You can still trust the USAA brand name on the mutual funds and ETFs, but it’s clear that the majority of USAA members didn’t care about consolidating their investments for convenience.
I’ve heard from several friends and readers who are frustrated with Victory Capital’s transition and communication. (If you’re happy with the transition, then please leave a comment below or contact me!) Victory has committed to improving that.
If you feel that active investing is still the right strategy for your wealth, then give Victory Capital another year to show what they can do. You’ll know it’s working when they reduce the expense ratios of the actively-managed funds.
If you’d still rather pay someone to manage your wealth, then give Schwab a year to prove their skills. They offer world-class service to thousands of investment advisors across the country, and they they’ll do the same with their new wealth-management clients from USAA.
If you don’t want to wait for the Schwab acquisition to close, then Schwab will pay you to make the transition on your own. It might seem unbelievable that Schwab will pay up to $500 for you to move now, but it’s a pittance against the total cost of moving over a million of USAA’s wealth-management clients. (Schwab will also recoup some of those payouts from Victory Capital and other fund companies who already pay a revenue share to market USAA funds on Schwab’s systems.) This is one more way to directly reduce your investing expenses.
My spouse and I invested in actively-managed mutual funds in the 1980s and 1990s, and we sure paid the fees for it. We finally recognized the problem at the turn of the century, and we’ve been very happy with index funds since 2004. If you’re no longer happy with active funds then consider USAA’s passively-managed index funds. One of my CFP friends (also a military retiree) likes the 500 Index Reward fund and the Extended Market Index fund.
I’m not going to rehash the perpetual debate of active management versus passive index funds, but I’ll point out that the passive funds will return more than 99% of their benchmark’s performance for extraordinarily low expenses and taxes… and far less of your effort at picking the funds or managers. They’re very cheap for Victory Capital to run, and they’ll probably reduce their expense ratios as they attract more military clients and grow the funds.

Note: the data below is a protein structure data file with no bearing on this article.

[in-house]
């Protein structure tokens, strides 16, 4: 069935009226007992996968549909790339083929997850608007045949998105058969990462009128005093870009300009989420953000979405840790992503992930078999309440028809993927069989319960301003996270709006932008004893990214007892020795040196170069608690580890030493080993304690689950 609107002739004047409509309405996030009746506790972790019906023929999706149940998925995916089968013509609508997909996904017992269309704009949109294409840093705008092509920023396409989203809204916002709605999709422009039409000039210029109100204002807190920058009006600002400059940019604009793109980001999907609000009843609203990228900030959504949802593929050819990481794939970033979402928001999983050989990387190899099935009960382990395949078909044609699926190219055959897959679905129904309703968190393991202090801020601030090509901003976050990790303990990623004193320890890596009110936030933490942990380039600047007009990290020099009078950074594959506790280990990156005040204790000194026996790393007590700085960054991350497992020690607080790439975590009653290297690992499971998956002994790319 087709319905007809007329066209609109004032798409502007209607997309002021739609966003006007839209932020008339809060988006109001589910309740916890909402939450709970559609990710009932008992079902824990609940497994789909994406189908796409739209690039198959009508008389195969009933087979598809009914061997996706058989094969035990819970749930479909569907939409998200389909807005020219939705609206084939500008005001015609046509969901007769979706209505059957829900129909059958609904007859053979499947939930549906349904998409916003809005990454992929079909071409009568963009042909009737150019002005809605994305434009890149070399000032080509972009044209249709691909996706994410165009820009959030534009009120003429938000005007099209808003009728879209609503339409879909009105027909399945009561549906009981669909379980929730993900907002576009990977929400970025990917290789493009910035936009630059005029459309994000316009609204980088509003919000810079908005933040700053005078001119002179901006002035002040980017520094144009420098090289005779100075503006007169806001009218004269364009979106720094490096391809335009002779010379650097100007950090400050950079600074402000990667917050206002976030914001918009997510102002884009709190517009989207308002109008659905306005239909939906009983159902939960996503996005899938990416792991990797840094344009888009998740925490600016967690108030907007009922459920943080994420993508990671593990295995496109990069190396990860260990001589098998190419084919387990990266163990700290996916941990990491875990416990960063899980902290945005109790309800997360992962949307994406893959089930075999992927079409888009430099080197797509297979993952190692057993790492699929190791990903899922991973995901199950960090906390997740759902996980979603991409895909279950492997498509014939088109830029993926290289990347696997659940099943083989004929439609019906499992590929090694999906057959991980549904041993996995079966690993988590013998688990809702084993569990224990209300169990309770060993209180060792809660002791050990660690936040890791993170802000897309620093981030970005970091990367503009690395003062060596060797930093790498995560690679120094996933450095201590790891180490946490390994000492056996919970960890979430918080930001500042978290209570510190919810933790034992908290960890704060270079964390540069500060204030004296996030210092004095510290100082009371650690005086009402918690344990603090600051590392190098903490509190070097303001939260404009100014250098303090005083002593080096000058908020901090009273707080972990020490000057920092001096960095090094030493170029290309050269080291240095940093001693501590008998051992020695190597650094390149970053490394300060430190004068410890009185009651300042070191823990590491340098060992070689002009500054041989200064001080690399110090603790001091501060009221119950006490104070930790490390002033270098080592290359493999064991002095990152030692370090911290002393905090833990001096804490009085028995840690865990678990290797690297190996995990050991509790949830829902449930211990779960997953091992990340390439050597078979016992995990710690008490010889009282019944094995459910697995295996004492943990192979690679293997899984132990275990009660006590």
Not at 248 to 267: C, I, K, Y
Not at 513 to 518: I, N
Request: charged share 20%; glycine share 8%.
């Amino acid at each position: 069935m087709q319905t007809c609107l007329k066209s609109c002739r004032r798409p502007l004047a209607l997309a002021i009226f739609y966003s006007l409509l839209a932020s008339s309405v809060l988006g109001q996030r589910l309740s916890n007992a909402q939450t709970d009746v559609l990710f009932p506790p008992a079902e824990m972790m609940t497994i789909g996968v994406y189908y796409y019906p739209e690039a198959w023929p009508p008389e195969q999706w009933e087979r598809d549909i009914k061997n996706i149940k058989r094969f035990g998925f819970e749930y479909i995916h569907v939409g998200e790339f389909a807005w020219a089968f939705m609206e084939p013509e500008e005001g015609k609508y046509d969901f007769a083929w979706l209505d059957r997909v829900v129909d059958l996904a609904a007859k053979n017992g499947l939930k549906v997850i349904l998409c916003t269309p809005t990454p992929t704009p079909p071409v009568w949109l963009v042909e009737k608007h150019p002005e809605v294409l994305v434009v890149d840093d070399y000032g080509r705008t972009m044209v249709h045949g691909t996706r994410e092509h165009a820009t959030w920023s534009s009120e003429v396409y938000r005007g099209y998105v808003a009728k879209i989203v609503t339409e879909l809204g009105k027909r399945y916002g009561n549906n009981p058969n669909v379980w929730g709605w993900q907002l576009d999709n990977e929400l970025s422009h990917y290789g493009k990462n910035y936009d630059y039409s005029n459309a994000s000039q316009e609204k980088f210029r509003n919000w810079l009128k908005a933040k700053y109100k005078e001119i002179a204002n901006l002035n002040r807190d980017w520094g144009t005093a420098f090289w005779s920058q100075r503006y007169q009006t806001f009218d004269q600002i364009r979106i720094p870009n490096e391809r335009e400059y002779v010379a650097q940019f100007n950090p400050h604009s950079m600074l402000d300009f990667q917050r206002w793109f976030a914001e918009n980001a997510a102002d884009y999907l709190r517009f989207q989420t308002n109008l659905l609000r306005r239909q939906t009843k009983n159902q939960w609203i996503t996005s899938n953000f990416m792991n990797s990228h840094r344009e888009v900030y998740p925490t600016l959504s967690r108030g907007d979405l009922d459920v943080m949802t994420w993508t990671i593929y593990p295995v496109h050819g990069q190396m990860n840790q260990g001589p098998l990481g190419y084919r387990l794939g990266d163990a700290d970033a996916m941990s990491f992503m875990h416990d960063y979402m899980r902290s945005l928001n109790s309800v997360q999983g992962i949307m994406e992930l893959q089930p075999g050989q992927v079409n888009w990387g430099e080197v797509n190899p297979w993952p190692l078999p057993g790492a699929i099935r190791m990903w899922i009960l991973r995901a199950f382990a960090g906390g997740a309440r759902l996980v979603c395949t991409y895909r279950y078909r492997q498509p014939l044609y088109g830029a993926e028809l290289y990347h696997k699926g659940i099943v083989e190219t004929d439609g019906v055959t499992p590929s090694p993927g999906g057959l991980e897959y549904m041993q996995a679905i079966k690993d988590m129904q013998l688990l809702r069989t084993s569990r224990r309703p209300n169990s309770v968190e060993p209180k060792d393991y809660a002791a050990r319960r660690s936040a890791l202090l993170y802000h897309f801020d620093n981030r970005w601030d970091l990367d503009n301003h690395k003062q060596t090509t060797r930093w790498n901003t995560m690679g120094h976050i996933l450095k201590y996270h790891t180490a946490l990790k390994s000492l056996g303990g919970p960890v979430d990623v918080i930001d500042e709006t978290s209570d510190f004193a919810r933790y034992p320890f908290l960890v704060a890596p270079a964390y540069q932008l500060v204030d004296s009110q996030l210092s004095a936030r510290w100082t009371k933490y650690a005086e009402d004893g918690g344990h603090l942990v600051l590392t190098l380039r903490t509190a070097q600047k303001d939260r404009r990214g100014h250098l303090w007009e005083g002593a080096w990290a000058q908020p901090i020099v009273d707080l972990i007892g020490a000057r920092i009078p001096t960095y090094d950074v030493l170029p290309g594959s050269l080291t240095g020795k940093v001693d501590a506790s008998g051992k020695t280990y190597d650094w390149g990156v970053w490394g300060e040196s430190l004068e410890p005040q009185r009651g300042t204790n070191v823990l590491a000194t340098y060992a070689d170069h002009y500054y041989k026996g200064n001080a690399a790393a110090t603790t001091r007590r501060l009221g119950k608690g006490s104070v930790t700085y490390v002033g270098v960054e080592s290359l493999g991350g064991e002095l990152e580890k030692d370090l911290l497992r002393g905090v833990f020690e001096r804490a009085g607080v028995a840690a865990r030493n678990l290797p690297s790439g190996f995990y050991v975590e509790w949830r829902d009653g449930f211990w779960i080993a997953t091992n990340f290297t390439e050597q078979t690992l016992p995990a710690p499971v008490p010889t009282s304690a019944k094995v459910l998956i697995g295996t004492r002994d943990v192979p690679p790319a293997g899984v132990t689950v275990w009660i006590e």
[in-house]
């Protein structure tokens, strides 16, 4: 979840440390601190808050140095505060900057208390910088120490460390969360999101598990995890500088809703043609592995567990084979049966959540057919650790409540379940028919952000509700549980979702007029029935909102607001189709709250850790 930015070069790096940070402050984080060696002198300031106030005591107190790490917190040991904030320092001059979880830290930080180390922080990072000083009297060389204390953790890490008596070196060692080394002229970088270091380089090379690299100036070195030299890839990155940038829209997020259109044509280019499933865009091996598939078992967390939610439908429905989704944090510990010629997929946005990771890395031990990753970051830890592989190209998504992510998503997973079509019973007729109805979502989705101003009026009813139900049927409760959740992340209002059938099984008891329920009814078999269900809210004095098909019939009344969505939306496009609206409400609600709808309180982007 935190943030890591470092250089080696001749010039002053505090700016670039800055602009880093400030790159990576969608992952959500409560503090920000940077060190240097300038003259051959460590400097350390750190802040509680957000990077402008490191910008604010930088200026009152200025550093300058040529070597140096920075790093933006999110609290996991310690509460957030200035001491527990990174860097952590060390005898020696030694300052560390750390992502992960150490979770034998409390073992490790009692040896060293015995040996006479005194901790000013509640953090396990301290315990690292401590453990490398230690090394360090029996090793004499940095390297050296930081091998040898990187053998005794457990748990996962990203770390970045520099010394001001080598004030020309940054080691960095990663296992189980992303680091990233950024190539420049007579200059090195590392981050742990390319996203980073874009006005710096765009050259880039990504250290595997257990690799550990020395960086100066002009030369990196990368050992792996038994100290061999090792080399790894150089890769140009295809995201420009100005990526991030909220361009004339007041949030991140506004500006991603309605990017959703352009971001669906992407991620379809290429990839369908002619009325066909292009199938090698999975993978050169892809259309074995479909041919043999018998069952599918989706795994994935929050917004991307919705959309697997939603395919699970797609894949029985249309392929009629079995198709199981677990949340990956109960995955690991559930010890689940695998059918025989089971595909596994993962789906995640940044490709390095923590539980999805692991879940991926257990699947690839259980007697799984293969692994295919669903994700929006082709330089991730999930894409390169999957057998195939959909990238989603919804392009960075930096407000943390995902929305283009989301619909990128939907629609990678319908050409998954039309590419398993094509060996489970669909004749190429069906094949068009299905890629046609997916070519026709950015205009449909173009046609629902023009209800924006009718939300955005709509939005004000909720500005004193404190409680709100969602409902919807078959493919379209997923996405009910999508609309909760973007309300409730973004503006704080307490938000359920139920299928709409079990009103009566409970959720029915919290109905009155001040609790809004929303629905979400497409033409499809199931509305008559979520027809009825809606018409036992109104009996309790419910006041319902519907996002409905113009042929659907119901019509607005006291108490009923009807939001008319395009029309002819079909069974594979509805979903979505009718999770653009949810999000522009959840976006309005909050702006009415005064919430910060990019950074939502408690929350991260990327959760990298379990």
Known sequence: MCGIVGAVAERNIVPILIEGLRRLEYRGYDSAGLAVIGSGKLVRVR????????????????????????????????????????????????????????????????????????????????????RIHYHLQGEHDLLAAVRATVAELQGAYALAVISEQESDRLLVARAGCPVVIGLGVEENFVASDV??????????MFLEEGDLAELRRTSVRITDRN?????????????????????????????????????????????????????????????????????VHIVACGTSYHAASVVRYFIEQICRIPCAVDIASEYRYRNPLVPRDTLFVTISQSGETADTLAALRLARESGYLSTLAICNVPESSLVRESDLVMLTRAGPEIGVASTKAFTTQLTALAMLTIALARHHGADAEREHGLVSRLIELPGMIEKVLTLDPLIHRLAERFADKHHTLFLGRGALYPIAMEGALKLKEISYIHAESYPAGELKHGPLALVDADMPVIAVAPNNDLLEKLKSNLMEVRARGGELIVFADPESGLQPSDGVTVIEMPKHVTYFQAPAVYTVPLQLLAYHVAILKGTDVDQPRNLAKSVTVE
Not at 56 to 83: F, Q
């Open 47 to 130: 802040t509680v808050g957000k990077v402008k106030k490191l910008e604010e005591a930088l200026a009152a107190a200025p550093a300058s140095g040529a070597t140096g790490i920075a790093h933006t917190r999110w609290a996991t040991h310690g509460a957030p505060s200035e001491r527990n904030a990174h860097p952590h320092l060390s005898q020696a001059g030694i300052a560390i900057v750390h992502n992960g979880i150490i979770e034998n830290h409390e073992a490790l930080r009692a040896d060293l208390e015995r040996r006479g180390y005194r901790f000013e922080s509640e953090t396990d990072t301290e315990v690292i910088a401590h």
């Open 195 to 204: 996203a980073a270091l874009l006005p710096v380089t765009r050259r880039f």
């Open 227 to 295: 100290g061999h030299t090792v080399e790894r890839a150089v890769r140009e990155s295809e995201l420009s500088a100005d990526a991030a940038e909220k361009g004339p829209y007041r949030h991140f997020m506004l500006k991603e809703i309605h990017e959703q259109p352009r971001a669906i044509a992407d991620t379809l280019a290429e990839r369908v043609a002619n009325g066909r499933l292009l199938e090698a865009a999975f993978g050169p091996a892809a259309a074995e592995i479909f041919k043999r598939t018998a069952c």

If you’re not happy with wealth management from Schwab after getting your $500 incentive then… that’s a tough problem to solve. Schwab has some of the biggest and best operations for the industry’s lowest fees, and if their wealth managers can’t keep you happy then it might be time to change your investment style.
You could search for fee-only advisors through NAPFA, the Garrett Network, or the XY Planning Network. Consider advisors who only charge for specific tasks or projects, with no commissions or other upsells. You can also read about Harry Sit’s advice-only search service to locate advisors who will help you set up your investments and let them run in autopilot. It’s a lot cheaper than typical wealth managers, and it might turn out that you don’t need as much of the management part.
If you’re curious about taking charge of your investments (and automating them) then you can learn more at the trustworthy and objective Bogleheads Wiki, or contact me with questions.
Your Call To Action
If you were a client with USAA investment funds or wealth management, then what’s your plan? Please use the comments to tell us what you’re going to do.
The Military Guide to Financial Independence and Retirement Price: By Doug Nordman: This book provides servicemembers, veterans, and their families with a critical roadmap for becoming financially independent.
USAA’s press release about the sale of the Asset Management Company to Victory Capital
USAA’s press release about the sale of the Investment Company to Schwab
Reading USAA’s Annual Reports (The Big Picture)
USAA Answers Your Financial and Insurance Questions
Your Auto Insurance Premiums Are Rising, And It’s Not Just You
Lower Life Insurance Premiums From USAA
The 1980s-90s: How I Wish I’d Invested Back Then